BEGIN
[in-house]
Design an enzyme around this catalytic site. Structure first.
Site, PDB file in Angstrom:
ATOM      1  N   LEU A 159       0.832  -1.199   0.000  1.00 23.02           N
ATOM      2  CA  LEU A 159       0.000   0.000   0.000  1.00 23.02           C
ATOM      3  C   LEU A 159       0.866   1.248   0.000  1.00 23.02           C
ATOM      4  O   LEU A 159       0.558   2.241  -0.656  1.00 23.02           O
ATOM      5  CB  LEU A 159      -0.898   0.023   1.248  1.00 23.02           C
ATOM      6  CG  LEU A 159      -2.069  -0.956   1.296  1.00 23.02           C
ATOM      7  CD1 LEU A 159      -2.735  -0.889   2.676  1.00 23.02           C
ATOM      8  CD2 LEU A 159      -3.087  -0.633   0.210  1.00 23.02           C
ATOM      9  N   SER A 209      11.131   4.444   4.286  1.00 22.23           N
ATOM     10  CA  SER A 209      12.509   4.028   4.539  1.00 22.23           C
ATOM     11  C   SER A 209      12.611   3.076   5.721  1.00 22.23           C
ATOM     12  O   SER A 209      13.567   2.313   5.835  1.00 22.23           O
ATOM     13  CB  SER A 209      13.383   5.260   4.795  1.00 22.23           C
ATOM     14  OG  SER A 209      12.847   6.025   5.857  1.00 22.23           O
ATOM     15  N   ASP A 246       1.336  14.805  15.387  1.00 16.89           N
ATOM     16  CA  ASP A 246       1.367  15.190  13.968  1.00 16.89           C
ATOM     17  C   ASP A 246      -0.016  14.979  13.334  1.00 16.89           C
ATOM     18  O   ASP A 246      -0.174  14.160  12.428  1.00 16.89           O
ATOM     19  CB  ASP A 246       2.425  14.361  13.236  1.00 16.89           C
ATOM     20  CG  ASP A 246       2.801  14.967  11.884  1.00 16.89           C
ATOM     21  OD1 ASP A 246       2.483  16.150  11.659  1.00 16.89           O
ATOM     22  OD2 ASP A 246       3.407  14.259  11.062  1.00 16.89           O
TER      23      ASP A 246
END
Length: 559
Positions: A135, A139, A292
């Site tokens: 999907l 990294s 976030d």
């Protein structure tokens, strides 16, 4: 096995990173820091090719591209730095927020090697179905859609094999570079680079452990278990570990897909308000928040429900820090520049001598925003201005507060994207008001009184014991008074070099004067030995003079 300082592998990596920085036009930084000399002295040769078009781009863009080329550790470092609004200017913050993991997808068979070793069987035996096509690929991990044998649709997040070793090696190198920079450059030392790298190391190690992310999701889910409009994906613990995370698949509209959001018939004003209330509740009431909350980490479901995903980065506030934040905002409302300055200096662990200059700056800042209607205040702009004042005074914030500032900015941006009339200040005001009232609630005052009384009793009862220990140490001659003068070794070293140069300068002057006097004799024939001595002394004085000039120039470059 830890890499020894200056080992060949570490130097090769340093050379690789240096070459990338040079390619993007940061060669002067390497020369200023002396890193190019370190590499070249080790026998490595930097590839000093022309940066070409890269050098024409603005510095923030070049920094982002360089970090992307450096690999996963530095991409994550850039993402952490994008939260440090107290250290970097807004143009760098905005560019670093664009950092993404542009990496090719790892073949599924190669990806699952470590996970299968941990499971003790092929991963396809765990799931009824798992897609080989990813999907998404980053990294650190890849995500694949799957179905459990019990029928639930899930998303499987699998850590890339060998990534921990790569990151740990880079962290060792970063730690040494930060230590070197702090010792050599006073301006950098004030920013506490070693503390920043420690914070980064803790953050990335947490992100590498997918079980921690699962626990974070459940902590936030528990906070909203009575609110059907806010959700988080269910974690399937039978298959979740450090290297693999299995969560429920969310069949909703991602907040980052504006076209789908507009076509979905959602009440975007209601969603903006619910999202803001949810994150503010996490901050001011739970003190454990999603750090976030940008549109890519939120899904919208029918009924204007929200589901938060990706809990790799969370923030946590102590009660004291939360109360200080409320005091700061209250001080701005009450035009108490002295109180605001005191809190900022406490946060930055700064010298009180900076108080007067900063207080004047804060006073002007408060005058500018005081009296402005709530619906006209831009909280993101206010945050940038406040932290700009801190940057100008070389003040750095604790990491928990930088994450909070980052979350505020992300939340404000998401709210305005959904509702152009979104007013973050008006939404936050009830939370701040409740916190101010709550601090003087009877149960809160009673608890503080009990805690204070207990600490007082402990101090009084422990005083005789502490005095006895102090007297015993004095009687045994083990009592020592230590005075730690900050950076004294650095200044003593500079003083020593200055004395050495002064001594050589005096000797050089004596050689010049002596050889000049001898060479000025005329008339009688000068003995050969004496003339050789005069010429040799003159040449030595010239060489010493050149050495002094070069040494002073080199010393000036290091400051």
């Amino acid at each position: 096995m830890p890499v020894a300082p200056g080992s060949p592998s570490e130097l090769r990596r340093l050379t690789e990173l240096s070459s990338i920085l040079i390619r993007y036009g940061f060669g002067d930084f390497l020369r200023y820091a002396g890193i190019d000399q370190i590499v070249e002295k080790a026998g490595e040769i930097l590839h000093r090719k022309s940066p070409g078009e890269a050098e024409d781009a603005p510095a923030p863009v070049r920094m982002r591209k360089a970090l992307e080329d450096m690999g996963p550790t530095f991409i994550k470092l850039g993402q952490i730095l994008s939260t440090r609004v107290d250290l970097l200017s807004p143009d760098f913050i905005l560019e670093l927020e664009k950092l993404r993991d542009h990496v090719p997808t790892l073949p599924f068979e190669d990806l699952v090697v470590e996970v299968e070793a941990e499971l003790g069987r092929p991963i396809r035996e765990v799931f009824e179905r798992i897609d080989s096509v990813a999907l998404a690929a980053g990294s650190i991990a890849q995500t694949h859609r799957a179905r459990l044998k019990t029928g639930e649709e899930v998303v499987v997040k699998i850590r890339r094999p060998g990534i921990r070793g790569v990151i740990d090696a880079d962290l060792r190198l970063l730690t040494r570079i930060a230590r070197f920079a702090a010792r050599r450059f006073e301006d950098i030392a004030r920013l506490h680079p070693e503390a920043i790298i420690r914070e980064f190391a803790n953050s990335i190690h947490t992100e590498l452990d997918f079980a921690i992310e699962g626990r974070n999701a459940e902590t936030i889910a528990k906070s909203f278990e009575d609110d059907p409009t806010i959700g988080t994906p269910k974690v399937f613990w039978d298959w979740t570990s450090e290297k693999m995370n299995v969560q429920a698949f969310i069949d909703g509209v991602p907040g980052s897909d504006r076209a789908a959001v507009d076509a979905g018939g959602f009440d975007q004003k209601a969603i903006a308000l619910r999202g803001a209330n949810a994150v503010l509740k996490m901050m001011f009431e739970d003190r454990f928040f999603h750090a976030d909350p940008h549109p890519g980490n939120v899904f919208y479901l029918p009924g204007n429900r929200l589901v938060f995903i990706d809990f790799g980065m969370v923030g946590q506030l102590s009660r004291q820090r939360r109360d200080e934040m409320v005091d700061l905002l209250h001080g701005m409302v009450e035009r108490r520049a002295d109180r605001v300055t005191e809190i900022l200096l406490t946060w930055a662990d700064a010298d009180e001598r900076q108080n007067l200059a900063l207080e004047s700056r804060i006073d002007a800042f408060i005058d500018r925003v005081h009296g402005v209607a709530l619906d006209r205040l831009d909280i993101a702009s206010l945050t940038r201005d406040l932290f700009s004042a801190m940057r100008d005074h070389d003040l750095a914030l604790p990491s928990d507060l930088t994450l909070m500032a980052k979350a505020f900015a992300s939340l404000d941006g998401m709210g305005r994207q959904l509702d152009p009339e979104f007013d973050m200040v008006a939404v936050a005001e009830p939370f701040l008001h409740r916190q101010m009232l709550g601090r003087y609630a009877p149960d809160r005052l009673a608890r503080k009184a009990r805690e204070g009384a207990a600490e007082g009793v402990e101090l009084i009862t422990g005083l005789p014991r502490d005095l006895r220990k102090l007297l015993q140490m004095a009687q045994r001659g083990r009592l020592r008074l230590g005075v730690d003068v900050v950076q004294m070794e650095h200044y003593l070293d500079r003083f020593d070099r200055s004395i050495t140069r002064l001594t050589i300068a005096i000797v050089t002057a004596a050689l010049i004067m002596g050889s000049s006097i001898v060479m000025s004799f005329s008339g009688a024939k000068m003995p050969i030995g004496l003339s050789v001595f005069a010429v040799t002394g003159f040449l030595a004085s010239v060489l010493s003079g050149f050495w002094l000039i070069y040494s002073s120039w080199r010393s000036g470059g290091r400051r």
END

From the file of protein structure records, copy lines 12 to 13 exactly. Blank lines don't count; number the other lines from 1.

ATOM      9  N   SER A 209      11.131   4.444   4.286  1.00 22.23           N
ATOM     10  CA  SER A 209      12.509   4.028   4.539  1.00 22.23           C